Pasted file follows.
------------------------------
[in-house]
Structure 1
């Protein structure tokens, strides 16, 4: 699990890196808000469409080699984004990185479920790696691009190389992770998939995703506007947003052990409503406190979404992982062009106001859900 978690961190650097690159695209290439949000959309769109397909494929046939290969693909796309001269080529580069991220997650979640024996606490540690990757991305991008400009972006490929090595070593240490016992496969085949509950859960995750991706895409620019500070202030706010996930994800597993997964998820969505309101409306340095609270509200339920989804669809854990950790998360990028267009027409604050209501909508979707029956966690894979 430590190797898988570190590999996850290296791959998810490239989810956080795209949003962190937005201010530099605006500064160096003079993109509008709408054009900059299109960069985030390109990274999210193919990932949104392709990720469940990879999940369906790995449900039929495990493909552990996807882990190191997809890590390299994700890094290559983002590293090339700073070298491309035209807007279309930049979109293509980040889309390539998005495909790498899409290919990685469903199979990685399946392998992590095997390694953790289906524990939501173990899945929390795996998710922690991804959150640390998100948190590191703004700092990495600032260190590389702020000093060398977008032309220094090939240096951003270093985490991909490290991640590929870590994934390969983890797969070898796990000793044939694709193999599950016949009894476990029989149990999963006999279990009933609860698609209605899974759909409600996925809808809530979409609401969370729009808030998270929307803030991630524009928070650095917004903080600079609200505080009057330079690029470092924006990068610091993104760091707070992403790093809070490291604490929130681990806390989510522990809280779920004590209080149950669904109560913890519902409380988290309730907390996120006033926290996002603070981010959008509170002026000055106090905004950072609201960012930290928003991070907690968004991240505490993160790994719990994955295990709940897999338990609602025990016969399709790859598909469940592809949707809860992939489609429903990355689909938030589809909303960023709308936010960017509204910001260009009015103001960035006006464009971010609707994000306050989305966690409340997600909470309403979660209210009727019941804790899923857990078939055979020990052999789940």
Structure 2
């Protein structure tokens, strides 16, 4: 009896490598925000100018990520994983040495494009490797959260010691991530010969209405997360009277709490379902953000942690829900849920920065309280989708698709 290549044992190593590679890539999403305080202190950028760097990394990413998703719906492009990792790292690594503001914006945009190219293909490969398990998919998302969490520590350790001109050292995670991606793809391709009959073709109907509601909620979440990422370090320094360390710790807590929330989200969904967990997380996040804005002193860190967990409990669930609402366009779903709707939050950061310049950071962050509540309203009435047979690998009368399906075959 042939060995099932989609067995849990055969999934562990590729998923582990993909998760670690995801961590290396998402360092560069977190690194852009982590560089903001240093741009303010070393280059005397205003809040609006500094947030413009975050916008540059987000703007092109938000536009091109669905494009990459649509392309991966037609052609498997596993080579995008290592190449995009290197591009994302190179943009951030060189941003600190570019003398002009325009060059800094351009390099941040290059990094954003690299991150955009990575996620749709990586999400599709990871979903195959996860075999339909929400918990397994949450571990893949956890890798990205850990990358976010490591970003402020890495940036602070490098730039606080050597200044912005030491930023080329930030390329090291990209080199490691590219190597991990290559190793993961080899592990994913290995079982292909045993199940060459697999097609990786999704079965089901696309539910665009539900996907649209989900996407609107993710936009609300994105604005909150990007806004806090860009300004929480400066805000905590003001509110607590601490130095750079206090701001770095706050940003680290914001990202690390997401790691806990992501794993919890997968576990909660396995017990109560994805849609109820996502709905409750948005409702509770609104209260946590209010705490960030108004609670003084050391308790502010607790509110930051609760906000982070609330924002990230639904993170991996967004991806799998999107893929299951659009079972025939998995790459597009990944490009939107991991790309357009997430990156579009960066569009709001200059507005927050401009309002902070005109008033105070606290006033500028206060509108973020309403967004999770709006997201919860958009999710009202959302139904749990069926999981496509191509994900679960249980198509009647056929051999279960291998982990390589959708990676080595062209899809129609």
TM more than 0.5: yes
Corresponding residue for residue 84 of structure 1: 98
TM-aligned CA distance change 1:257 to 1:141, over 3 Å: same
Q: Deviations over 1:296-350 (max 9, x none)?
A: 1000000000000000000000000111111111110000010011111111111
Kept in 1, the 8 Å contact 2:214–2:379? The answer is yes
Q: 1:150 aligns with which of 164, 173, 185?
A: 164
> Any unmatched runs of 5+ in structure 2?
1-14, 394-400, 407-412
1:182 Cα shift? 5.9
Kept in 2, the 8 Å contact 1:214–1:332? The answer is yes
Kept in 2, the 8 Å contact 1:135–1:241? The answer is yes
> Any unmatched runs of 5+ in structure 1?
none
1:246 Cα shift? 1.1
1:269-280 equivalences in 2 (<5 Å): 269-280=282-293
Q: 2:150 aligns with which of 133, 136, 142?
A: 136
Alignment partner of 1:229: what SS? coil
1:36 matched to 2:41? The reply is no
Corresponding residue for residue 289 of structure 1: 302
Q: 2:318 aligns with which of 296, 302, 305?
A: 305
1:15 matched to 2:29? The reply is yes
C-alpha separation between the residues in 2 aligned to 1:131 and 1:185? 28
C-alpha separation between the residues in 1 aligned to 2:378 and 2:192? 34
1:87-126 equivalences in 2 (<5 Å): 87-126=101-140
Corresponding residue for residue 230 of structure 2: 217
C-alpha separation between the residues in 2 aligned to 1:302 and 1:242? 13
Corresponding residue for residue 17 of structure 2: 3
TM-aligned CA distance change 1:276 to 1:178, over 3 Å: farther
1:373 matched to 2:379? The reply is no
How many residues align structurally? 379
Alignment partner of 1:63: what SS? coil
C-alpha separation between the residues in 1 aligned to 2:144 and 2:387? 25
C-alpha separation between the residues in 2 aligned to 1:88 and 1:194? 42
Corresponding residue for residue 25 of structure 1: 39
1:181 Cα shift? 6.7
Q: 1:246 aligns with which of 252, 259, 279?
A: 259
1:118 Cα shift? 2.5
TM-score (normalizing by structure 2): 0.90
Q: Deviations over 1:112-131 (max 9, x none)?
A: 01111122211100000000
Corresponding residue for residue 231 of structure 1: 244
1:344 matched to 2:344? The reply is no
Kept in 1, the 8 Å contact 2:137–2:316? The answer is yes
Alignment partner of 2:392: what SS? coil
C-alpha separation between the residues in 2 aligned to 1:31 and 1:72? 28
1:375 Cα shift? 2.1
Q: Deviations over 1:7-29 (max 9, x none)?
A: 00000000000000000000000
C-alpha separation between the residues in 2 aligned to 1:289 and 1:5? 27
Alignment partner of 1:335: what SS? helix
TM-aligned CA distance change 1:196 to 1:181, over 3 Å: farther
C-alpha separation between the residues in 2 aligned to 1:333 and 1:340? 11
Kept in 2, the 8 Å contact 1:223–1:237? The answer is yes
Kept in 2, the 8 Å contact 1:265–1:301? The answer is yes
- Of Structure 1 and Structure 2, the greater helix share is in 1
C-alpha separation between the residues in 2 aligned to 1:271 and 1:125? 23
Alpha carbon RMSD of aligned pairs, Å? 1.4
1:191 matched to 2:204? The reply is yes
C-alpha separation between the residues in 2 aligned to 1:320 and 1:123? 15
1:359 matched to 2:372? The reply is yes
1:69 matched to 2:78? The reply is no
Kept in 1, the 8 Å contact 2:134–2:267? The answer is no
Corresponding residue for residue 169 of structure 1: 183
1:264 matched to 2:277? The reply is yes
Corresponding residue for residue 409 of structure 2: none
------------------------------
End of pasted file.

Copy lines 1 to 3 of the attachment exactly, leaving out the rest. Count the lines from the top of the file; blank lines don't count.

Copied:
[in-house]
Structure 1
């Protein structure tokens, strides 16, 4: 699990890196808000469409080699984004990185479920790696691009190389992770998939995703506007947003052990409503406190979404992982062009106001859900 978690961190650097690159695209290439949000959309769109397909494929046939290969693909796309001269080529580069991220997650979640024996606490540690990757991305991008400009972006490929090595070593240490016992496969085949509950859960995750991706895409620019500070202030706010996930994800597993997964998820969505309101409306340095609270509200339920989804669809854990950790998360990028267009027409604050209501909508979707029956966690894979 430590190797898988570190590999996850290296791959998810490239989810956080795209949003962190937005201010530099605006500064160096003079993109509008709408054009900059299109960069985030390109990274999210193919990932949104392709990720469940990879999940369906790995449900039929495990493909552990996807882990190191997809890590390299994700890094290559983002590293090339700073070298491309035209807007279309930049979109293509980040889309390539998005495909790498899409290919990685469903199979990685399946392998992590095997390694953790289906524990939501173990899945929390795996998710922690991804959150640390998100948190590191703004700092990495600032260190590389702020000093060398977008032309220094090939240096951003270093985490991909490290991640590929870590994934390969983890797969070898796990000793044939694709193999599950016949009894476990029989149990999963006999279990009933609860698609209605899974759909409600996925809808809530979409609401969370729009808030998270929307803030991630524009928070650095917004903080600079609200505080009057330079690029470092924006990068610091993104760091707070992403790093809070490291604490929130681990806390989510522990809280779920004590209080149950669904109560913890519902409380988290309730907390996120006033926290996002603070981010959008509170002026000055106090905004950072609201960012930290928003991070907690968004991240505490993160790994719990994955295990709940897999338990609602025990016969399709790859598909469940592809949707809860992939489609429903990355689909938030589809909303960023709308936010960017509204910001260009009015103001960035006006464009971010609707994000306050989305966690409340997600909470309403979660209210009727019941804790899923857990078939055979020990052999789940």